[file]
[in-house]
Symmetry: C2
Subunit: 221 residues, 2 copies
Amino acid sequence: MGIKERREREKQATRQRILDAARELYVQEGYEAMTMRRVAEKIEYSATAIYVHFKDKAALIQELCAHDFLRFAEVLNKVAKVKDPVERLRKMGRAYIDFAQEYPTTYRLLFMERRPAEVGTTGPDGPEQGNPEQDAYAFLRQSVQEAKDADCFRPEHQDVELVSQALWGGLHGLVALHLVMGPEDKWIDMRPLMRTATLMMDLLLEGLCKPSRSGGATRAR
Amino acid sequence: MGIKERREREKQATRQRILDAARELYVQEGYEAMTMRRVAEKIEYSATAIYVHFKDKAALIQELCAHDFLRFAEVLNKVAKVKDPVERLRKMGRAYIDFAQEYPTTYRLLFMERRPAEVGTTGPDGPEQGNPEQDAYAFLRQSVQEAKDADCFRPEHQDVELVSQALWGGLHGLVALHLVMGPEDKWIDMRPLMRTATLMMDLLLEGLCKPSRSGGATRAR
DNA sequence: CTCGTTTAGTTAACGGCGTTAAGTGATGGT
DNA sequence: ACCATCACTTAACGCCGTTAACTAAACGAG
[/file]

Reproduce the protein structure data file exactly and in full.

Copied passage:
[in-house]
Symmetry: C2
Subunit: 221 residues, 2 copies
Amino acid sequence: MGIKERREREKQATRQRILDAARELYVQEGYEAMTMRRVAEKIEYSATAIYVHFKDKAALIQELCAHDFLRFAEVLNKVAKVKDPVERLRKMGRAYIDFAQEYPTTYRLLFMERRPAEVGTTGPDGPEQGNPEQDAYAFLRQSVQEAKDADCFRPEHQDVELVSQALWGGLHGLVALHLVMGPEDKWIDMRPLMRTATLMMDLLLEGLCKPSRSGGATRAR
Amino acid sequence: MGIKERREREKQATRQRILDAARELYVQEGYEAMTMRRVAEKIEYSATAIYVHFKDKAALIQELCAHDFLRFAEVLNKVAKVKDPVERLRKMGRAYIDFAQEYPTTYRLLFMERRPAEVGTTGPDGPEQGNPEQDAYAFLRQSVQEAKDADCFRPEHQDVELVSQALWGGLHGLVALHLVMGPEDKWIDMRPLMRTATLMMDLLLEGLCKPSRSGGATRAR
DNA sequence: CTCGTTTAGTTAACGGCGTTAAGTGATGGT
DNA sequence: ACCATCACTTAACGCCGTTAACTAAACGAG